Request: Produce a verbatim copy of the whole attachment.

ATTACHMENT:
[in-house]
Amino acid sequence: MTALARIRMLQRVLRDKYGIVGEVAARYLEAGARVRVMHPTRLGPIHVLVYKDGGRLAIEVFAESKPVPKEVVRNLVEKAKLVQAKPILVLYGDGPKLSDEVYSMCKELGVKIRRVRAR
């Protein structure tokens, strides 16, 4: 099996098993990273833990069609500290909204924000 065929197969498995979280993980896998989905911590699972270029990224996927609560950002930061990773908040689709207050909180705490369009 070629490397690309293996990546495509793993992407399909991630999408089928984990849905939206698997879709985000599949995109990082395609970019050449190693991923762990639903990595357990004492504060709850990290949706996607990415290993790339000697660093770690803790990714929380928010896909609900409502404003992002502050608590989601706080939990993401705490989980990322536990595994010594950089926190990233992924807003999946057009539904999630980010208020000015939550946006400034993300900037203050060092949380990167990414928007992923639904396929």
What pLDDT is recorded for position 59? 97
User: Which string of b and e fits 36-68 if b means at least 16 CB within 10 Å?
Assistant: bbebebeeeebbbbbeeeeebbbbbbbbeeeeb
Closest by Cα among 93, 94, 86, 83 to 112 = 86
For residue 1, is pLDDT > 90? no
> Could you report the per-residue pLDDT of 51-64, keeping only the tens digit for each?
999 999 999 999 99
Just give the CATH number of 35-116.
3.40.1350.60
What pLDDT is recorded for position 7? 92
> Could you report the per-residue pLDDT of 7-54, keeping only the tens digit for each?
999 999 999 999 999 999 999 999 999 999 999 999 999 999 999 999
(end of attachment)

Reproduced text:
[in-house]
Amino acid sequence: MTALARIRMLQRVLRDKYGIVGEVAARYLEAGARVRVMHPTRLGPIHVLVYKDGGRLAIEVFAESKPVPKEVVRNLVEKAKLVQAKPILVLYGDGPKLSDEVYSMCKELGVKIRRVRAR
């Protein structure tokens, strides 16, 4: 099996098993990273833990069609500290909204924000 065929197969498995979280993980896998989905911590699972270029990224996927609560950002930061990773908040689709207050909180705490369009 070629490397690309293996990546495509793993992407399909991630999408089928984990849905939206698997879709985000599949995109990082395609970019050449190693991923762990639903990595357990004492504060709850990290949706996607990415290993790339000697660093770690803790990714929380928010896909609900409502404003992002502050608590989601706080939990993401705490989980990322536990595994010594950089926190990233992924807003999946057009539904999630980010208020000015939550946006400034993300900037203050060092949380990167990414928007992923639904396929």
What pLDDT is recorded for position 59? 97
User: Which string of b and e fits 36-68 if b means at least 16 CB within 10 Å?
Assistant: bbebebeeeebbbbbeeeeebbbbbbbbeeeeb
Closest by Cα among 93, 94, 86, 83 to 112 = 86
For residue 1, is pLDDT > 90? no
> Could you report the per-residue pLDDT of 51-64, keeping only the tens digit for each?
999 999 999 999 99
Just give the CATH number of 35-116.
3.40.1350.60
What pLDDT is recorded for position 7? 92
> Could you report the per-residue pLDDT of 7-54, keeping only the tens digit for each?
999 999 999 999 999 999 999 999 999 999 999 999 999 999 999 999